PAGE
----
Escape Rating B+: Although this book is being billed as a romance, the heart of the story isn’t the romances. The heart of the story is the friendship. It’s not that love doesn’t lift them up, it’s that the love between these women who began as strangers is what gives them the support to make those romances possible.

Bree is the one who comes into the story with the most damage. Her famously intellectual parents saw her as an interruption to their work and were not in the least bit shy about reminding her of that fact. Looking for love and acceptance, she married a man who made her feel important because he needed her to take care of him, not because he either loved her or respected her. She tries to say she’s not capable of falling in love, but what she really means is that she’s too afraid to risk her heart again so keeps people at arm’s length so they can’t get close enough to hurt her. Bree is the one who needs the most help and the most healing, but it’s not going to happen unless she is able to admit that she’s just plain scared.

Ashley’s initial damage is old and scarred over and she’s learned to deal with it reasonably well. Her older brother barely survived a hit and run accident. While her parents were taking care of him, she learned to take care of herself. Her habit of compromising her own needs because others’ were so much greater makes her cling too long to a relationship that just isn’t working because she’s so used to giving up what she wants for others. When she can’t this time she’s crushed. (And IMHO he’s an asshat.)

I have to admit that I found it easier to empathize with Bree and Ashley than I did Mikki. She’s so competent in her business and so ditzy in her personal life that I didn’t enjoy her parts of the story as much as the others – although her frequent conversational gaffes about Earl were hilarious. But Mikki’s dilemma is that she’s considering remarrying her ex-husband while dating someone else. If second marriages are the triumph of hope over experience, what are second marriages to the person you divorced? The triumph of hope over experience AND knowledge? I know it does happen in real life but in her situation it was wrong, wrong, wrong. Getting herself out of the mess that she’d unwittingly gotten herself into required lots of uncomfortable conversations and a whole lot of groveling.

All in all, this is a charming story about three women who help each other to be strong in their broken places – sometimes even in spite of themselves. So come for the champagne-fueled walks on the beach, and stay for the healing power of friendship. It’s all here in The Boardwalk Bookshop.

Review: The Honeymoon Cottage by Lori Foster

Review: The Honeymoon Cottage by Lori FosterThe Honeymoon Cottage by Lori Foster
Format: eARC
Source: supplied by publisher via Edelweiss
Formats available: hardcover, large print, paperback, ebook, audiobook
Genres: contemporary romance, relationship fiction, women's fiction
Series: Cemetery Indiana #1
Pages: 384
Published by Hqn on May 24, 2022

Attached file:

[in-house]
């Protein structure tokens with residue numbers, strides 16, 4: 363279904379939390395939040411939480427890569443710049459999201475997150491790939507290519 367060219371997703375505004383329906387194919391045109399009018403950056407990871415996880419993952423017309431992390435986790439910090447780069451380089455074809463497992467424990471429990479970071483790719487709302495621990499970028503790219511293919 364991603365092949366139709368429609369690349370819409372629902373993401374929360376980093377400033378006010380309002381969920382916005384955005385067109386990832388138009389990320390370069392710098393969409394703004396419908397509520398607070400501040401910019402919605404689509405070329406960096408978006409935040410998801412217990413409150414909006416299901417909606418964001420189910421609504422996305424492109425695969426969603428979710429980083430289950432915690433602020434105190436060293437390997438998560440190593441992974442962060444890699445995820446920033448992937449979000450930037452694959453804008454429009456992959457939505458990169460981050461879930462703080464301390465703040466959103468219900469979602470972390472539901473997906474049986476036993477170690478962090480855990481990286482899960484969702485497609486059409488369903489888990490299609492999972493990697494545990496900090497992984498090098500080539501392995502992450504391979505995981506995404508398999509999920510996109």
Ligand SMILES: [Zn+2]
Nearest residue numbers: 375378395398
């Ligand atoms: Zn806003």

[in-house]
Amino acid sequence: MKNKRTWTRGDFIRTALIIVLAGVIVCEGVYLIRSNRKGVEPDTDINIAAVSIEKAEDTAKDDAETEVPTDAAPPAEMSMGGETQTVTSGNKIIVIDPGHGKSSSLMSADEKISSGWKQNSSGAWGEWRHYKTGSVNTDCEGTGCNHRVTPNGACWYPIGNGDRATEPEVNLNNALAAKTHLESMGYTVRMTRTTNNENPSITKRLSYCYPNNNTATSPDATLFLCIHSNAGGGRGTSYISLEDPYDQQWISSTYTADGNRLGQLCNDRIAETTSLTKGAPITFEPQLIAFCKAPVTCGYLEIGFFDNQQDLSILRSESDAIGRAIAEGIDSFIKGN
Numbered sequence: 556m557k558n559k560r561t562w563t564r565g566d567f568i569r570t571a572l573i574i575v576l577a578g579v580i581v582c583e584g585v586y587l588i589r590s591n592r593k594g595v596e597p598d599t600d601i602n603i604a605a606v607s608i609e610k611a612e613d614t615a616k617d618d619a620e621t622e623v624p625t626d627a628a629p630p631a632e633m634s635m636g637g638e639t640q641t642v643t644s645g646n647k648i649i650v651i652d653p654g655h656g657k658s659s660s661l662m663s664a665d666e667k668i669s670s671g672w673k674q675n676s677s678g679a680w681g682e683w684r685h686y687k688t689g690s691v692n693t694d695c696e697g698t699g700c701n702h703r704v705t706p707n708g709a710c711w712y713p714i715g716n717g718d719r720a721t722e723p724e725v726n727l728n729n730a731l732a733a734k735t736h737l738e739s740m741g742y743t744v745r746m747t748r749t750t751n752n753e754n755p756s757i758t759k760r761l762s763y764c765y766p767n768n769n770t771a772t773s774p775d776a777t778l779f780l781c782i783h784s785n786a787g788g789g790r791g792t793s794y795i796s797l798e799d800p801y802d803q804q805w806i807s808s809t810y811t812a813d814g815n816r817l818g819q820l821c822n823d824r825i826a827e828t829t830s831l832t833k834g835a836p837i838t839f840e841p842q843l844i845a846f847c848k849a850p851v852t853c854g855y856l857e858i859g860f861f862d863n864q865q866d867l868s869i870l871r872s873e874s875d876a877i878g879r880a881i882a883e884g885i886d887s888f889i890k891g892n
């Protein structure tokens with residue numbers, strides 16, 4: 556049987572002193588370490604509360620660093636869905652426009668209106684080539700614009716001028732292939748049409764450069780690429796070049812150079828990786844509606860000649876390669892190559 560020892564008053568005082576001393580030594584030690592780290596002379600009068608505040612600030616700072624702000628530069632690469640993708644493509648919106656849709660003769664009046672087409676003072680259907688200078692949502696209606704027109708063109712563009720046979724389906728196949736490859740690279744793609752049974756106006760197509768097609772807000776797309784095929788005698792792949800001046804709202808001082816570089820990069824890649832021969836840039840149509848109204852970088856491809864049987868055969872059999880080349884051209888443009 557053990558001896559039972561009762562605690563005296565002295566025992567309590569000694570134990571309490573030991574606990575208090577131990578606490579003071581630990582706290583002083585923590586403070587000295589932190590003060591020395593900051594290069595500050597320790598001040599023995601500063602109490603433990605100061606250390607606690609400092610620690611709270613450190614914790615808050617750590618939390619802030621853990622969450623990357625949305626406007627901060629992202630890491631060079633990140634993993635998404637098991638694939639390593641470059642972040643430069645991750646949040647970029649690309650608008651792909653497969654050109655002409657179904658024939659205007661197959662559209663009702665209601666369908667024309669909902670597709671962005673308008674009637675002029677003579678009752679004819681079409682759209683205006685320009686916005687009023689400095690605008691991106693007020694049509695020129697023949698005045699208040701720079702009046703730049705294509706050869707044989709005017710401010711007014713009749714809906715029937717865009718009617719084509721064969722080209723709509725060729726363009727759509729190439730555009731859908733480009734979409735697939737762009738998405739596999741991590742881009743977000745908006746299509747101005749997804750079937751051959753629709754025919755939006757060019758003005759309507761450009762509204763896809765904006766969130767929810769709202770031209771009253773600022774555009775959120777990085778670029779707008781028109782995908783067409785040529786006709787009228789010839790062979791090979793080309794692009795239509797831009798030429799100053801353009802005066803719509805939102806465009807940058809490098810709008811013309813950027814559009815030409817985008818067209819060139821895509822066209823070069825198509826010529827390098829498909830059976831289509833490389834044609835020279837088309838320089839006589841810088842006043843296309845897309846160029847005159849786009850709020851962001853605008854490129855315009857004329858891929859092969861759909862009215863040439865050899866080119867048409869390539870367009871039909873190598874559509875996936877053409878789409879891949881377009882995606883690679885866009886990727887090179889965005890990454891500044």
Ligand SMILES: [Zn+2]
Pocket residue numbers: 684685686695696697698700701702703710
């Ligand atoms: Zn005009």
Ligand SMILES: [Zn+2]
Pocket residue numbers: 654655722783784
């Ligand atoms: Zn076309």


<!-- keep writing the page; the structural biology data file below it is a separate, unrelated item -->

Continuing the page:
Purchasing Info: Author's WebsitePublisher's WebsiteAmazonBarnes & NobleKoboBook DepositoryBookshop.org
Goodreads

She was fine arranging other people’s weddings… But life had other plans.

When it comes to creating the perfect happily-ever-after, Yardley Belanger is a bona fide miracle worker. From bridal bouquets to matching cowboy boots, the quirky wedding planner’s country-chic affairs have caused quite a stir in the small town of Cemetery. But when it comes to her own love life? She’s clueless.

Completely clueless.

Perhaps it’s for the best. The thirty-one-year-old has poured her heart and soul into her business and doesn’t have time for anything—or anyone—else. And that’s something not even the gorgeous older brother of her newest client can change…right?

All Travis Long wanted was to give his little sister, Sheena, the wedding of her dreams. Ever since the tragic death of their parents, he’s done everything he can to make her feel loved and give her everything she needs. Still…a country wedding? In a place called Cemetery? But Yardley seems to know exactly what to do and how to do it—and Travis finds himself falling for her a little more each day.

Soon Yardley and Travis find themselves being nudged together by well-meaning locals who want to see the town’s favorite wedding planner get her own happy ending.

My Review:

If you love quirky romances set in equally eccentric small towns you’ll love The Honeymoon Cottage, set in the weirdly named Cemetery, Indiana, where every business in town is required to include the town’s name in their own.

Which is a bit of a problem for wedding planner Yardley Belanger. She is terrific at planning weddings – and she’s a bit of a genius at marketing her business. But it’s hard for Yardley – as well as people who are shopping for a wedding planner – to get past “Cemetery Weddings” as a concept. Those two words just don’t go together.

(I’ve seen this in real life. We drove through a town named Newborn several months ago. There’s a taxidermy shop in Newborn called “Newborn Taxidermy” and I have the pictures to prove it. Those are two words that should NEVER appear in the same sentence. I digress.)